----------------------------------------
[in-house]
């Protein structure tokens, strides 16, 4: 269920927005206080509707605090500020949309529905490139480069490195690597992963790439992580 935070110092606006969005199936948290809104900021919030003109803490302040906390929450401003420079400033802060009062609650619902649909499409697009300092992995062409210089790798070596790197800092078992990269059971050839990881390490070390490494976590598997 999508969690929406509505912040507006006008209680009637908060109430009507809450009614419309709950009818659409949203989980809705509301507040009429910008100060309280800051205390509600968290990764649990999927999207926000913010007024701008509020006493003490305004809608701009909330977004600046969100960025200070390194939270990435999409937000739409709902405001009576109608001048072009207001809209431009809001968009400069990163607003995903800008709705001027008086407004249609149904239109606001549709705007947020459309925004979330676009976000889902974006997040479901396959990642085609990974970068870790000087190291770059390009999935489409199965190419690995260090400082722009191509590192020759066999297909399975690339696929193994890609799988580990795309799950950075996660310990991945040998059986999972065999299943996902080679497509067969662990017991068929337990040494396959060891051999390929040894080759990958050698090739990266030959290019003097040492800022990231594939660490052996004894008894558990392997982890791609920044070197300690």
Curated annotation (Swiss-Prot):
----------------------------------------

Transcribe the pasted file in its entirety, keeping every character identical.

[in-house]
């Protein structure tokens, strides 16, 4: 269920927005206080509707605090500020949309529905490139480069490195690597992963790439992580 935070110092606006969005199936948290809104900021919030003109803490302040906390929450401003420079400033802060009062609650619902649909499409697009300092992995062409210089790798070596790197800092078992990269059971050839990881390490070390490494976590598997 999508969690929406509505912040507006006008209680009637908060109430009507809450009614419309709950009818659409949203989980809705509301507040009429910008100060309280800051205390509600968290990764649990999927999207926000913010007024701008509020006493003490305004809608701009909330977004600046969100960025200070390194939270990435999409937000739409709902405001009576109608001048072009207001809209431009809001968009400069990163607003995903800008709705001027008086407004249609149904239109606001549709705007947020459309925004979330676009976000889902974006997040479901396959990642085609990974970068870790000087190291770059390009999935489409199965190419690995260090400082722009191509590192020759066999297909399975690339696929193994890609799988580990795309799950950075996660310990991945040998059986999972065999299943996902080679497509067969662990017991068929337990040494396959060891051999390929040894080759990958050698090739990266030959290019003097040492800022990231594939660490052996004894008894558990392997982890791609920044070197300690």
Curated annotation (Swiss-Prot):